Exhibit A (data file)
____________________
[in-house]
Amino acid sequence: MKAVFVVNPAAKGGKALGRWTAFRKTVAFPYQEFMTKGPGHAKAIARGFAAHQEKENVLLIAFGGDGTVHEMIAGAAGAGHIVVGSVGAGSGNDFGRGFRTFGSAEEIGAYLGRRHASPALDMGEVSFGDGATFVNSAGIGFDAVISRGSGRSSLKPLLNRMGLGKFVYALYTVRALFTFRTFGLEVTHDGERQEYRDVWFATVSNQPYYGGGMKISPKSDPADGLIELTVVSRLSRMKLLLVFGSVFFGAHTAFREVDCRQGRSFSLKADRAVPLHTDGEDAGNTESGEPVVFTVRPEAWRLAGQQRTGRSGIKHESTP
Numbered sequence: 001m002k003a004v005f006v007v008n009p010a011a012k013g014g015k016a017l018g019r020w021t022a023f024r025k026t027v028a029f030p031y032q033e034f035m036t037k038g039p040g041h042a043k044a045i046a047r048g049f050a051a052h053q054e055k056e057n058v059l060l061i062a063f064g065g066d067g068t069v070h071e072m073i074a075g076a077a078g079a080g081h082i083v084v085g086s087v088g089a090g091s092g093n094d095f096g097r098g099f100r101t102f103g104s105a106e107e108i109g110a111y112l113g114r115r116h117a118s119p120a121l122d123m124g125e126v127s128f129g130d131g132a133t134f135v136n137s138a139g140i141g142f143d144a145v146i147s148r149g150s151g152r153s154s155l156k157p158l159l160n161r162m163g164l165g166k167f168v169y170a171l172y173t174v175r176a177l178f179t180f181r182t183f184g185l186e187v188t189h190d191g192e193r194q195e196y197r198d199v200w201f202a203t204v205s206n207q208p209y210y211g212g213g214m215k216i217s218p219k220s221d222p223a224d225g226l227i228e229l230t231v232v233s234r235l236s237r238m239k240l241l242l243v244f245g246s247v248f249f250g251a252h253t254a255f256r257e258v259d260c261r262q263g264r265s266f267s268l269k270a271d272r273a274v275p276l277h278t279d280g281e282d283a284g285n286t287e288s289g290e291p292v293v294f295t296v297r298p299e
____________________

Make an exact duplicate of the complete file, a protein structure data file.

[in-house]
Amino acid sequence: MKAVFVVNPAAKGGKALGRWTAFRKTVAFPYQEFMTKGPGHAKAIARGFAAHQEKENVLLIAFGGDGTVHEMIAGAAGAGHIVVGSVGAGSGNDFGRGFRTFGSAEEIGAYLGRRHASPALDMGEVSFGDGATFVNSAGIGFDAVISRGSGRSSLKPLLNRMGLGKFVYALYTVRALFTFRTFGLEVTHDGERQEYRDVWFATVSNQPYYGGGMKISPKSDPADGLIELTVVSRLSRMKLLLVFGSVFFGAHTAFREVDCRQGRSFSLKADRAVPLHTDGEDAGNTESGEPVVFTVRPEAWRLAGQQRTGRSGIKHESTP
Numbered sequence: 001m002k003a004v005f006v007v008n009p010a011a012k013g014g015k016a017l018g019r020w021t022a023f024r025k026t027v028a029f030p031y032q033e034f035m036t037k038g039p040g041h042a043k044a045i046a047r048g049f050a051a052h053q054e055k056e057n058v059l060l061i062a063f064g065g066d067g068t069v070h071e072m073i074a075g076a077a078g079a080g081h082i083v084v085g086s087v088g089a090g091s092g093n094d095f096g097r098g099f100r101t102f103g104s105a106e107e108i109g110a111y112l113g114r115r116h117a118s119p120a121l122d123m124g125e126v127s128f129g130d131g132a133t134f135v136n137s138a139g140i141g142f143d144a145v146i147s148r149g150s151g152r153s154s155l156k157p158l159l160n161r162m163g164l165g166k167f168v169y170a171l172y173t174v175r176a177l178f179t180f181r182t183f184g185l186e187v188t189h190d191g192e193r194q195e196y197r198d199v200w201f202a203t204v205s206n207q208p209y210y211g212g213g214m215k216i217s218p219k220s221d222p223a224d225g226l227i228e229l230t231v232v233s234r235l236s237r238m239k240l241l242l243v244f245g246s247v248f249f250g251a252h253t254a255f256r257e258v259d260c261r262q263g264r265s266f267s268l269k270a271d272r273a274v275p276l277h278t279d280g281e282d283a284g285n286t287e288s289g290e291p292v293v294f295t296v297r298p299e